Portuguese casados in Ponjikkara

 

In an interview with Simon D’Silva at his boatbuilding yard in Ponjikkara, he said, ‘Ours is a traditional trade which began during Vasco da Gama’s time’. Simon D’Silva left school and started his boatbuilding career at the age of 12. He said that he has helped build more than 300 boats. Apart from working in boatbuilding yards in Ponjikkara, he travels to different parts of India with his crew to build or repair boats. D’Silva’s family has lived in Ponjikkara for generations, and has made their livelihood in the boatbuilding trade. Like Simon, his father and grandfather were boatbuilders, as was his elder brother for some time.

 

D’Silva claims that his family members have been building and repairing boats since Vasco da Gama’s time, though it is probably more accurate to say that they began working in the trade during the Portuguese colonial period (for Simon D’Silva and others, ‘Vasco da Gama’ represents the Portuguese period). It is a mark of pride, and is central to many family legends—sometimes even families who are no longer in shipbuilding—that their forefathers either learned the trade of shipbuilding and repairing from their Portuguese mesthris centuries before, or were themselves casados.

 

The Veliath family is one such family where this legend holds true. Until land reforms were implemented in Kerala, the Veliath family was one of the biggest landowners in Ponjikkara. M.D. Veliath, who retired from military service, recorded the Veliath family history in the book titled Down Memory Lane (2008); he has gathered oral histories and legends passed down through the generations, and compiled them as stories. Veliath notes that his family was established through the marriage of a casado named de Pores to a local Hindu Nair lady.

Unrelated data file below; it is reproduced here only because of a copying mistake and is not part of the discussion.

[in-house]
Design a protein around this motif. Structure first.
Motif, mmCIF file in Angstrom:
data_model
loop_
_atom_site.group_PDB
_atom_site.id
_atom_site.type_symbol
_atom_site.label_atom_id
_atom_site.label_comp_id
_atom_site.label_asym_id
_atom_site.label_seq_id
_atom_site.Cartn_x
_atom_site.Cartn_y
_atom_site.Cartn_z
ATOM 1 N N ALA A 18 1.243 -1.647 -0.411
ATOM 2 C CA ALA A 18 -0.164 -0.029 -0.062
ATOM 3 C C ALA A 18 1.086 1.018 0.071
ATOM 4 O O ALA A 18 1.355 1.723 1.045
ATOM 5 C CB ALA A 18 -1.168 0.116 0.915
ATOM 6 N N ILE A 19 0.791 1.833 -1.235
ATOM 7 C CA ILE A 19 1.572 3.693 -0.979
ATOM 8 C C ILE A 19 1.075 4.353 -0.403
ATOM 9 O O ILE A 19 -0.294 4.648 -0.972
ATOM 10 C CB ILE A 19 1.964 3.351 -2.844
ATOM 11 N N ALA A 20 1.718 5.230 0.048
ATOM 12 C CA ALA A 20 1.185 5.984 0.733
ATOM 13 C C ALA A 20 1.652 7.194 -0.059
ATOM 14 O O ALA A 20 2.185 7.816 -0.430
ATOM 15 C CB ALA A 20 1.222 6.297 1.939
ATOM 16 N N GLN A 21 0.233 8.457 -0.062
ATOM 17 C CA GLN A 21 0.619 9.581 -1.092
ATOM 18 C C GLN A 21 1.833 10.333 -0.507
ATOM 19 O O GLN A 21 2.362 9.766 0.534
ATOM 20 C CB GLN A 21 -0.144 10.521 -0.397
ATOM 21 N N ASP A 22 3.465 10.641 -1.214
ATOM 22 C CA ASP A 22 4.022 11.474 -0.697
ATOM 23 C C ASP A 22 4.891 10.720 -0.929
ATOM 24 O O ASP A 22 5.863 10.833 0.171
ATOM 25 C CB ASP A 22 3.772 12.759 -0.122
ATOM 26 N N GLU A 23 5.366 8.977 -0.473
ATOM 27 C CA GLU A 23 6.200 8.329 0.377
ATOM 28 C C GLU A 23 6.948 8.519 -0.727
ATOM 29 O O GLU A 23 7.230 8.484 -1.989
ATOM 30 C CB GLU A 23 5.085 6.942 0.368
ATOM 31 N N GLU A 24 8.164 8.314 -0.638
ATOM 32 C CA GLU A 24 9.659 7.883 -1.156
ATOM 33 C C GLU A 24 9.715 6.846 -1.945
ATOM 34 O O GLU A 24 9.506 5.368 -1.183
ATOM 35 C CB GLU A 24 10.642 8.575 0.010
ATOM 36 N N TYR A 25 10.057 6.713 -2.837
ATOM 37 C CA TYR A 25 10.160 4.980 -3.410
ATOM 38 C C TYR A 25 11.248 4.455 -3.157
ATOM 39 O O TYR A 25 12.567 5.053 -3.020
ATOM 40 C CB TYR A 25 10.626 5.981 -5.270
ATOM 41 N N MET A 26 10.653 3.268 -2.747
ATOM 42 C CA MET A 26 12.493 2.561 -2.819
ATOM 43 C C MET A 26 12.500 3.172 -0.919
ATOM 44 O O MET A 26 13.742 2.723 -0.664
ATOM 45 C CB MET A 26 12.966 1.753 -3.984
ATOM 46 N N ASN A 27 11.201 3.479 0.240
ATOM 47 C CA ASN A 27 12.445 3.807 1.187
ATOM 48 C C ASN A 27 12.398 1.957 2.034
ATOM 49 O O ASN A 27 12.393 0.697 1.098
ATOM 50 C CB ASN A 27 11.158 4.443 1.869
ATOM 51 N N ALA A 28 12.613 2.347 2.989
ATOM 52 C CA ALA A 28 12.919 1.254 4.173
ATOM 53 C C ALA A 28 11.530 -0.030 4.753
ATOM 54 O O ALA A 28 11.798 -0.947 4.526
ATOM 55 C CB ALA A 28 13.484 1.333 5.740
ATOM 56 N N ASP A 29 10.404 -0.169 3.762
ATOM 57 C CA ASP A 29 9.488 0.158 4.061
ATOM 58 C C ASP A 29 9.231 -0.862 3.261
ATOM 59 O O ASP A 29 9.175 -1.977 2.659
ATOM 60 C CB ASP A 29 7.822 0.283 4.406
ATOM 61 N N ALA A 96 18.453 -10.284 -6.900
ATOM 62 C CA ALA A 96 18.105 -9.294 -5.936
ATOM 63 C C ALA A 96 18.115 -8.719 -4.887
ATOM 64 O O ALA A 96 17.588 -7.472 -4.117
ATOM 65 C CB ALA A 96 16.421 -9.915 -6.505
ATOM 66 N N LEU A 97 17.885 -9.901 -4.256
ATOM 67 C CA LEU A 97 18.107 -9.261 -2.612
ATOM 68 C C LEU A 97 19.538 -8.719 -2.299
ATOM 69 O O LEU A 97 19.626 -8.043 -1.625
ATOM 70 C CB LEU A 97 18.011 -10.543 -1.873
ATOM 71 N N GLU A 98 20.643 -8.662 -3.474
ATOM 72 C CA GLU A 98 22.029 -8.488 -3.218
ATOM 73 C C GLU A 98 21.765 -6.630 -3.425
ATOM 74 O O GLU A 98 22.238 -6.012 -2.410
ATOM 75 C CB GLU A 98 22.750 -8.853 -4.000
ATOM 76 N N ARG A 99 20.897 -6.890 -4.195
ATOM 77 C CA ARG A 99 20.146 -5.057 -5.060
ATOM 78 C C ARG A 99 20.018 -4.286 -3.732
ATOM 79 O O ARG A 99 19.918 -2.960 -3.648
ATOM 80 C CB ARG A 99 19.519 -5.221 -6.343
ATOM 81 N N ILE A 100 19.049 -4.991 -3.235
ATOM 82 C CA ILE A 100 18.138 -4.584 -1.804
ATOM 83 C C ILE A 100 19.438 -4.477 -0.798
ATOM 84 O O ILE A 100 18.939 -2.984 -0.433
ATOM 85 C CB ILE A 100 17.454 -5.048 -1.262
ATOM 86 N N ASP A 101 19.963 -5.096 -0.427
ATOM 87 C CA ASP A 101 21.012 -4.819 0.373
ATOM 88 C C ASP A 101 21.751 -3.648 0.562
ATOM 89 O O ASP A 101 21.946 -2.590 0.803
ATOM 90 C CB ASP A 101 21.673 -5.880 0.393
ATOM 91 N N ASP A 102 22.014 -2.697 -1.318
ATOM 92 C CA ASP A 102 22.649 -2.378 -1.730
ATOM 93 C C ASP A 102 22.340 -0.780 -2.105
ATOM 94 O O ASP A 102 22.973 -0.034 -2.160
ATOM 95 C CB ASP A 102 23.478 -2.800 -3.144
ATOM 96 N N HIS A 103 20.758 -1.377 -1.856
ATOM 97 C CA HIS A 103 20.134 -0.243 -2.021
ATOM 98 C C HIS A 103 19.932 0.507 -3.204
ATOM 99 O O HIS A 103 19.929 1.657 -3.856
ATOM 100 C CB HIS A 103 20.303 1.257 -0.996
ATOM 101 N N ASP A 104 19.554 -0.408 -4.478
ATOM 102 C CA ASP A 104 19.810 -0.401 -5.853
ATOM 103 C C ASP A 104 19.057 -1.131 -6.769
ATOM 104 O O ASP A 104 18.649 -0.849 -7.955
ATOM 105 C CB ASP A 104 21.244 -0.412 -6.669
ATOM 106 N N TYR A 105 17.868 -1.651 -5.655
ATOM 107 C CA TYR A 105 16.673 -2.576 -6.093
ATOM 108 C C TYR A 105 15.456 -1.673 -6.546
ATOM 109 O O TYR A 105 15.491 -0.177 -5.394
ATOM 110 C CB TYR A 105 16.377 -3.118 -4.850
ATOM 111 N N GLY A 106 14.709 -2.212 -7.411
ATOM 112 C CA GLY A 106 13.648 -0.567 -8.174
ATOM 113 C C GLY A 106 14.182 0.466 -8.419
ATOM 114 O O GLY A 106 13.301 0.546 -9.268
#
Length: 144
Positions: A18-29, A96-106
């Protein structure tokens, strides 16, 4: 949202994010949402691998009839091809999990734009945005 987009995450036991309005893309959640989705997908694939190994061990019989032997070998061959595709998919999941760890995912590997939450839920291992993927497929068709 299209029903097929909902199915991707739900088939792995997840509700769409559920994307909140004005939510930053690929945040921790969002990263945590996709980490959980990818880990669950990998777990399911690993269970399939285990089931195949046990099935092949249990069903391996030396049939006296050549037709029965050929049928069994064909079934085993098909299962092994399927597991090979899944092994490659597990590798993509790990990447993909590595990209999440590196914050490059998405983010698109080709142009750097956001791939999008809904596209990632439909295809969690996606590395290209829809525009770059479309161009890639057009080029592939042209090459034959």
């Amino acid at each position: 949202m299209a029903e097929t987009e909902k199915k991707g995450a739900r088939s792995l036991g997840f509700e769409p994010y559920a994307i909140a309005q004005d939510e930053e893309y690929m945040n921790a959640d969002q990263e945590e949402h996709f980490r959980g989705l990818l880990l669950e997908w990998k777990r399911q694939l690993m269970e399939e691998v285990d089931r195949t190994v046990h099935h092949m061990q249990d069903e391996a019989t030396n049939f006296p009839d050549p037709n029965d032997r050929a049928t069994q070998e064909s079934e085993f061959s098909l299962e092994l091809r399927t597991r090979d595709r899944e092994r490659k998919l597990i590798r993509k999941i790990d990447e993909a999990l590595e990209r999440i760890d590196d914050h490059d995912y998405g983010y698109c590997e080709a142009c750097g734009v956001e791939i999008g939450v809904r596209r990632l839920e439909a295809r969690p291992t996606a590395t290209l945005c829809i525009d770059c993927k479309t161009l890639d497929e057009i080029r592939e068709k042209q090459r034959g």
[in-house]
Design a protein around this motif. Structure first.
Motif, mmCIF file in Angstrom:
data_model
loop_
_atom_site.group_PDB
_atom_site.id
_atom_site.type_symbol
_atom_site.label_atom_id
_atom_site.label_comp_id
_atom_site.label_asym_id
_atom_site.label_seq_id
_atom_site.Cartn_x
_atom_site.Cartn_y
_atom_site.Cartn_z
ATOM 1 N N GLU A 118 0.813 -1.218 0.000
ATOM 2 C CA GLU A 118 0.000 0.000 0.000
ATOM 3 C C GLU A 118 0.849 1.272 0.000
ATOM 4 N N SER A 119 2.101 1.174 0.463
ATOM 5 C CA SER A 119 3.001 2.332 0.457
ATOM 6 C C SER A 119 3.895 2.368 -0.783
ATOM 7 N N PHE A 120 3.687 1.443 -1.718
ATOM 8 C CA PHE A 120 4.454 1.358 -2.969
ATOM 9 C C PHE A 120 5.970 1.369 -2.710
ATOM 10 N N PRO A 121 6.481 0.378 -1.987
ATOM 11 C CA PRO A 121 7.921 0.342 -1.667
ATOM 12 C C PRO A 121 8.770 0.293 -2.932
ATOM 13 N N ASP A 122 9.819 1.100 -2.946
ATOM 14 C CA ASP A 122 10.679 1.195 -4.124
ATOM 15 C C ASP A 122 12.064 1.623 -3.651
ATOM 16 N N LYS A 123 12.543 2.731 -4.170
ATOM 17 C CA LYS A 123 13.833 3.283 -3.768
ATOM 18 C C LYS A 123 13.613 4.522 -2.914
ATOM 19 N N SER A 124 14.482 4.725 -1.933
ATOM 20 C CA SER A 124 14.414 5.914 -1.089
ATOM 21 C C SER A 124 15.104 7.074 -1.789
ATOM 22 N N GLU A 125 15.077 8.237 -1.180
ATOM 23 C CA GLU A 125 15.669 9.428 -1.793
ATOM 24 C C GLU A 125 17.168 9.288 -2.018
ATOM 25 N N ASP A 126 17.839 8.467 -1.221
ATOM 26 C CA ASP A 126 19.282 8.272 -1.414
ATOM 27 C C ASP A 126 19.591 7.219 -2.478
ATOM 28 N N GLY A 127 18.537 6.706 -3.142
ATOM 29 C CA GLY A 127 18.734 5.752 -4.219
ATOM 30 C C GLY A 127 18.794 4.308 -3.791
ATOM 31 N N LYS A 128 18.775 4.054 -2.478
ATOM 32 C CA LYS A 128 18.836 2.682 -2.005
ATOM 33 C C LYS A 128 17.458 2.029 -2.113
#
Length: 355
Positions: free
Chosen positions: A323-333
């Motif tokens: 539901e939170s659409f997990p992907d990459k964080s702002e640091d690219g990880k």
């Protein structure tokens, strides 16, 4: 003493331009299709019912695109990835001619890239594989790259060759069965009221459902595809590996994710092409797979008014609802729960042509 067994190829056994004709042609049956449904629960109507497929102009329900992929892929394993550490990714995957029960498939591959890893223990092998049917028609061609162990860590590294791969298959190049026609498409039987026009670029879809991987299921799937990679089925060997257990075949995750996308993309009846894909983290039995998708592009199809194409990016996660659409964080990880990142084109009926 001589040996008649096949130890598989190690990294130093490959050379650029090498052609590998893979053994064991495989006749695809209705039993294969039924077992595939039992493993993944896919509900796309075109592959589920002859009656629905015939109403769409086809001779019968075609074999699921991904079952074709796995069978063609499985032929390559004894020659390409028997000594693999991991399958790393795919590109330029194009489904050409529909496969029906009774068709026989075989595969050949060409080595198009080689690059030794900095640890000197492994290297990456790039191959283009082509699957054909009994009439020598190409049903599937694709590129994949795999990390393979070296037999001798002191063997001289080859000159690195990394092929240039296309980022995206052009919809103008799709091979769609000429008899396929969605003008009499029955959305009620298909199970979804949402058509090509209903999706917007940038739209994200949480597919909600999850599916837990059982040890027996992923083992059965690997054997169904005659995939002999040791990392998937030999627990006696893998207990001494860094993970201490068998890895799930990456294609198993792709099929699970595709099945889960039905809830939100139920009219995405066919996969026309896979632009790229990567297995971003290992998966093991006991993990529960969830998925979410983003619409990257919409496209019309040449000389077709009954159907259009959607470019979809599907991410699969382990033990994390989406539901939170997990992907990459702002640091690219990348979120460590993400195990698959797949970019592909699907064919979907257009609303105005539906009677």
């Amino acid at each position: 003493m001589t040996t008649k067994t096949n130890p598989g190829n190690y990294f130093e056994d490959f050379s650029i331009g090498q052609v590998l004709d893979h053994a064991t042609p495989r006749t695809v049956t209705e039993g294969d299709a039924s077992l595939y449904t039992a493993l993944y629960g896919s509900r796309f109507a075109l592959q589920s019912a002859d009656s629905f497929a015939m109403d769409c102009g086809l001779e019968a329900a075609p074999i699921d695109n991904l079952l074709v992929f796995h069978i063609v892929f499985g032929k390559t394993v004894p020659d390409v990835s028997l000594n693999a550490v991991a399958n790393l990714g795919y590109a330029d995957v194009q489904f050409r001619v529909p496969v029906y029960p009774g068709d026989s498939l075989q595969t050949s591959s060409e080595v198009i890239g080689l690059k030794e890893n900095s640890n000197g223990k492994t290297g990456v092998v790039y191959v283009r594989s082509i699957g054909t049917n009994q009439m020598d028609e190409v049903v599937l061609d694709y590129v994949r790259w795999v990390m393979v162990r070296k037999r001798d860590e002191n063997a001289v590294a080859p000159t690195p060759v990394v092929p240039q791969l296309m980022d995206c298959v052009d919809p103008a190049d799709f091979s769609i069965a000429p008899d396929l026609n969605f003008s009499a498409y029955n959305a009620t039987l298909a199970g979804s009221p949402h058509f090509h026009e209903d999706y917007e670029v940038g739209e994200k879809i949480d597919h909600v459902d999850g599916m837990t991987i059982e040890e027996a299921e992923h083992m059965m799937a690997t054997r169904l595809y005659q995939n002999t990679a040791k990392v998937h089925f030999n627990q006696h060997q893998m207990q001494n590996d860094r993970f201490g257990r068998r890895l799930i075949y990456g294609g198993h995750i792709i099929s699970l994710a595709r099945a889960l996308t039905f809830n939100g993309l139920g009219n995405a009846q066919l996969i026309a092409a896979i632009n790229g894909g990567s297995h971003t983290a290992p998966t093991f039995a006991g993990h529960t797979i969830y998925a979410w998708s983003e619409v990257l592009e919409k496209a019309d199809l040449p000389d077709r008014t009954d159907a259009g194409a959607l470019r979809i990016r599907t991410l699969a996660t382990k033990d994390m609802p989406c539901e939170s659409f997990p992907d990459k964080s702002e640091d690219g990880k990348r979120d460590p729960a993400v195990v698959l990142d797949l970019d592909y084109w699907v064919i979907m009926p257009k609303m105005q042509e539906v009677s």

Legends about casados in Ponjikkara have become part of a well-known Malayalam novel titled Oro Pra Nobis by eminent writer Ponjikkara Raphy (1981). Raphy was born and raised in Ponjikkara and adopted the name of his native place as his pen name. The focal point of the novel is a Portuguese family, with the surname ‘Aswaras’, that owns ships and shipbuilding yards on an island near Kochi.

 

Although legends and stories are not history, they contain traces of it; this may certainly be said of the tales about the casados who came to Ponjikkara to build ships.

 

Ponjikkara and its colonial history

 

Bolghatty Palace in Ponjikkara was built in 1744 by the Dutch, and is one of the oldest existing Dutch palaces outside of Holland. Officials used it as their residence, but were eventually succeeded by English officials who lived there until Indian Independence in 1947. Ponjikkara is located on Vembanad Lake (also known as Ernakulam Lake), where the Periyar River and the Arabian Sea merge. Because of Ponjikkara’s geographical proximity to the Arabian Sea, the Periyar River, Vembanad Lake, and to the port of Kochi—all of which were important in the transport of spices from the Kerala hinterland and the Western Ghats—colonial officials found the area useful for carrying out their trading activity. Trade also drew shipbuilders of that time to the area.

 

At the end of 1662, a war was fought between the Portuguese and the Dutch in Kochi. The Dutch were the victors, marking the end of Portuguese rule in Kochi. The Dutch destroyed the Portuguese fort, and residents of Santacruz fled for their lives. People of Portuguese lineage escaped to nearby islands like Ponjikkara, and their descendants still live there today. K.L. Bernard, a local historian from Kochi, has written about this war in his book Calvathiyude Katha, later published by Department of Cultural Publication, Kerala Government, as Cochin Calvathy River – A Historic Drama, in 2000.